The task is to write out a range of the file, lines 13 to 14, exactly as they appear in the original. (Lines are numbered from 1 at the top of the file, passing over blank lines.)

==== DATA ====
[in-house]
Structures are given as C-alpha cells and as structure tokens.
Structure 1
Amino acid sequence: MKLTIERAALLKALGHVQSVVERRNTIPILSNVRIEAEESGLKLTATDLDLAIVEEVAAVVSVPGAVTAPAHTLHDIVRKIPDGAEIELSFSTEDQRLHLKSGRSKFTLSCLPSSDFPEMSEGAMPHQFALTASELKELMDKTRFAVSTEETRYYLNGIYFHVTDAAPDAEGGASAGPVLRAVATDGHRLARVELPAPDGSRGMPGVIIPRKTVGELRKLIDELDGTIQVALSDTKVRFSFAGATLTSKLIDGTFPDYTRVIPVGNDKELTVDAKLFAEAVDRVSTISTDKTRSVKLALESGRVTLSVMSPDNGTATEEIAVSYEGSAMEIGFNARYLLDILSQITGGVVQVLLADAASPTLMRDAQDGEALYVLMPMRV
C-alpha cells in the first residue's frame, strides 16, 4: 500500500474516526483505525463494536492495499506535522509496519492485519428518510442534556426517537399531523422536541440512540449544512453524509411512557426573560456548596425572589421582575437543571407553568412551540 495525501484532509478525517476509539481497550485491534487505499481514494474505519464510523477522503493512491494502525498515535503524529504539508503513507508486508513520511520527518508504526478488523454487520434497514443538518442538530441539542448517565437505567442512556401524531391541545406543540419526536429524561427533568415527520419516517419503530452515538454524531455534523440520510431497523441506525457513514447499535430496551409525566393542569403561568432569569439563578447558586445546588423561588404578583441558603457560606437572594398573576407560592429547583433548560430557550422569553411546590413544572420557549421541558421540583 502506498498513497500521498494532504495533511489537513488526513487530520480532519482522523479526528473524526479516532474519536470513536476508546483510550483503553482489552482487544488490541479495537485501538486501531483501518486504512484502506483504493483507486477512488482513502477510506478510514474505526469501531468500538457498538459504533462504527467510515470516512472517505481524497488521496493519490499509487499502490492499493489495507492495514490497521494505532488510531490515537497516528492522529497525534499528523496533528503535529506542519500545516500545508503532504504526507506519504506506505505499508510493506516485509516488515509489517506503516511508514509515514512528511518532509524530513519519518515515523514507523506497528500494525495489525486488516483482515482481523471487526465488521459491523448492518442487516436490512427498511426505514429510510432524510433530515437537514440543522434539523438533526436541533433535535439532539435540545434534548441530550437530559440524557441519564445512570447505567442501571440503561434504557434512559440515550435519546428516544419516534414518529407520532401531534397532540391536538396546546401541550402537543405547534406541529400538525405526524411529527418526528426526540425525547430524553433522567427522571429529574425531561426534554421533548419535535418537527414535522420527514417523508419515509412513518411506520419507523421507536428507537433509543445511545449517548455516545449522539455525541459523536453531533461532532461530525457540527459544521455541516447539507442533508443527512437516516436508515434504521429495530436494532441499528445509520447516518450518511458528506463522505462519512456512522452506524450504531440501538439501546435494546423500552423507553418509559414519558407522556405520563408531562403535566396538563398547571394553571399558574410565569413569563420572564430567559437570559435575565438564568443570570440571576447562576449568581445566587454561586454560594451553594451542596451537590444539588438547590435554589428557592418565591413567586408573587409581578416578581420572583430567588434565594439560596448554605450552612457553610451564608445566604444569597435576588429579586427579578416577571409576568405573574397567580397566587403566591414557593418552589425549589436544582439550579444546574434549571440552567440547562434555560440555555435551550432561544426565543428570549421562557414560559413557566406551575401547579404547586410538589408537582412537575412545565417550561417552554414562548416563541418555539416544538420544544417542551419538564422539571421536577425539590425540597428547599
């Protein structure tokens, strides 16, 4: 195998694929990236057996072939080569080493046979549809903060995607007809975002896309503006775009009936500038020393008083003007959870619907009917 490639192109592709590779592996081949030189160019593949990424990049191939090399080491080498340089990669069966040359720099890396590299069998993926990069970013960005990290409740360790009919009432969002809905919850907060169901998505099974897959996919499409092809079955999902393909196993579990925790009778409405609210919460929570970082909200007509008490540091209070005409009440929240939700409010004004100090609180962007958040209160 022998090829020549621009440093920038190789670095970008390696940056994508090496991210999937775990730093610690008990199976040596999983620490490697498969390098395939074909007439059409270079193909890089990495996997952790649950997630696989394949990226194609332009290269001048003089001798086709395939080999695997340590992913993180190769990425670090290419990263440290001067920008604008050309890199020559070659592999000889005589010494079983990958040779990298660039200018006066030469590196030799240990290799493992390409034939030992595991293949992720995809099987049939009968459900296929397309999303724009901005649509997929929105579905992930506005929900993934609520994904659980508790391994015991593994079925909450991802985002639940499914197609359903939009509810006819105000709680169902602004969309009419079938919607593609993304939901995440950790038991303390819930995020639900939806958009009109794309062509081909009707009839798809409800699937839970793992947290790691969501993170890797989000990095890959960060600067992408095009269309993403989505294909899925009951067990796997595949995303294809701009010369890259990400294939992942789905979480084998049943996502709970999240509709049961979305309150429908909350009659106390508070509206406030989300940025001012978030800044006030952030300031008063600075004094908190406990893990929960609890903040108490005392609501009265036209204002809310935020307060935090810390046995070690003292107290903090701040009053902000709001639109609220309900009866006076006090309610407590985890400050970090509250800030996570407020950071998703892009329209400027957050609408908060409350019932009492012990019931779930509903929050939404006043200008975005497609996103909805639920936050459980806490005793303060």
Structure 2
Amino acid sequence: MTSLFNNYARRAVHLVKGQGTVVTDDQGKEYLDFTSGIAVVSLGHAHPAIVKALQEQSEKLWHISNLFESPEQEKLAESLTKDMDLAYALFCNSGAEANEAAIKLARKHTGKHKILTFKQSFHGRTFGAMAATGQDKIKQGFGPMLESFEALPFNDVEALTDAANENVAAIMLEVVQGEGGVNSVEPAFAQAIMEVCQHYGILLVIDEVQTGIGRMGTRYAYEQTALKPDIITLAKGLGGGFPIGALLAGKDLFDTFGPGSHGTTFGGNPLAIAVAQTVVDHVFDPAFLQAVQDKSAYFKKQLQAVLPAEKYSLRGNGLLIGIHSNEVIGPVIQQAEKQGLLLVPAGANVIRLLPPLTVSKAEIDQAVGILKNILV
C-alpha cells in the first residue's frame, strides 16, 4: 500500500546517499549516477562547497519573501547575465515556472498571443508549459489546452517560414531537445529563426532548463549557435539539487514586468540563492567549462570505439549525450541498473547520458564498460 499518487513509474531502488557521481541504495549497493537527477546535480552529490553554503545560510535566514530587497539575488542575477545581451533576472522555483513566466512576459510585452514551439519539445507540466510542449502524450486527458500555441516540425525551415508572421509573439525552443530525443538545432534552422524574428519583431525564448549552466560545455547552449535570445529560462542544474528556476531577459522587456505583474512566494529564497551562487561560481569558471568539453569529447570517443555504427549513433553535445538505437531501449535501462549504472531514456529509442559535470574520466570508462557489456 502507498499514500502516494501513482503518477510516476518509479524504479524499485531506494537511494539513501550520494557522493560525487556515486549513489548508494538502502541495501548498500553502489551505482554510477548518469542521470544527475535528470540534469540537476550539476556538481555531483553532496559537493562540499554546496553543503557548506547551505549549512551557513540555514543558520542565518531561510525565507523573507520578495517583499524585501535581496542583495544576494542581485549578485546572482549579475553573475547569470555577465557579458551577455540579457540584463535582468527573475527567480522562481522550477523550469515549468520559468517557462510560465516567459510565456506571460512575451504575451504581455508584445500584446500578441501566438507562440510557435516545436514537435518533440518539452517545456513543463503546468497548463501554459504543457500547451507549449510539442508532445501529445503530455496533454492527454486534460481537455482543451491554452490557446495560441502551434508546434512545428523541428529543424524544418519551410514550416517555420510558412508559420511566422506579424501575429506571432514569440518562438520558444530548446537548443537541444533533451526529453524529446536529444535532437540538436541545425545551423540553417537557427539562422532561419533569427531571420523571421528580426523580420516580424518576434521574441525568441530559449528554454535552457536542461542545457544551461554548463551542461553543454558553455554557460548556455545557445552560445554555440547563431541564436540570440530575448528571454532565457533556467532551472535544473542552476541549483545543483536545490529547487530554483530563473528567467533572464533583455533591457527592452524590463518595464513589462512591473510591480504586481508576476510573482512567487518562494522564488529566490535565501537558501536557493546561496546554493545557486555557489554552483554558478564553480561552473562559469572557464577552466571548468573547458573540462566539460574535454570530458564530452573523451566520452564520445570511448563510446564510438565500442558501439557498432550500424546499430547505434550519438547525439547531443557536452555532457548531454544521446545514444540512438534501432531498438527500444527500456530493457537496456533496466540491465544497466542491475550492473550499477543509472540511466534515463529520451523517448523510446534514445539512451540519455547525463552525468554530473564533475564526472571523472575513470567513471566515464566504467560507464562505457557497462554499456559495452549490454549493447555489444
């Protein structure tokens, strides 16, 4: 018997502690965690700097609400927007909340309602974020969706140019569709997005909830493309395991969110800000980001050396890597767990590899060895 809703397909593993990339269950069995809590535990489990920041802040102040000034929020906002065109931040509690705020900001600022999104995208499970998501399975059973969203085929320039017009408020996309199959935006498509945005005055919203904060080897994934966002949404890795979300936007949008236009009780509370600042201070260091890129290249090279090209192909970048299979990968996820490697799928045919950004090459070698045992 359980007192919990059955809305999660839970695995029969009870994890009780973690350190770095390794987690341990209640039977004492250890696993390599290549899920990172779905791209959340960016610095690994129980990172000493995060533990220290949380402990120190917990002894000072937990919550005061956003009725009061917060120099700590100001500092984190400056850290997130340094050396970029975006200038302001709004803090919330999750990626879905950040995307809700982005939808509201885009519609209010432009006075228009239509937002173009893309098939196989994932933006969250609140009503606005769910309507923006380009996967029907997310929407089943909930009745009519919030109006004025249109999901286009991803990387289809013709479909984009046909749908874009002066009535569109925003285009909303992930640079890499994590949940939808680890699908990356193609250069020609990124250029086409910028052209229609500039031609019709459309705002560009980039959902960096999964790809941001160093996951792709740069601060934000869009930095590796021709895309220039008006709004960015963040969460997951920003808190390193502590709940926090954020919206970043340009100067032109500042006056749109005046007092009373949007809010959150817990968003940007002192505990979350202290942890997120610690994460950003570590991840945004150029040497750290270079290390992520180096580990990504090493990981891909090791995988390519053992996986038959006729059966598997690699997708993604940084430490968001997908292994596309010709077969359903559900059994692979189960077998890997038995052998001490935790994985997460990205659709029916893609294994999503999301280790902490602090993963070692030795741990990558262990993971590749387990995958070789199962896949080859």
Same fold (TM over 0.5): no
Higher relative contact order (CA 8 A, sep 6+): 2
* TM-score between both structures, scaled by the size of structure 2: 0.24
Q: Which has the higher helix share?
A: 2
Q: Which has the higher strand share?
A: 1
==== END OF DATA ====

* TM-score between both structures, scaled by the size of structure 2: 0.24
Q: Which has the higher helix share?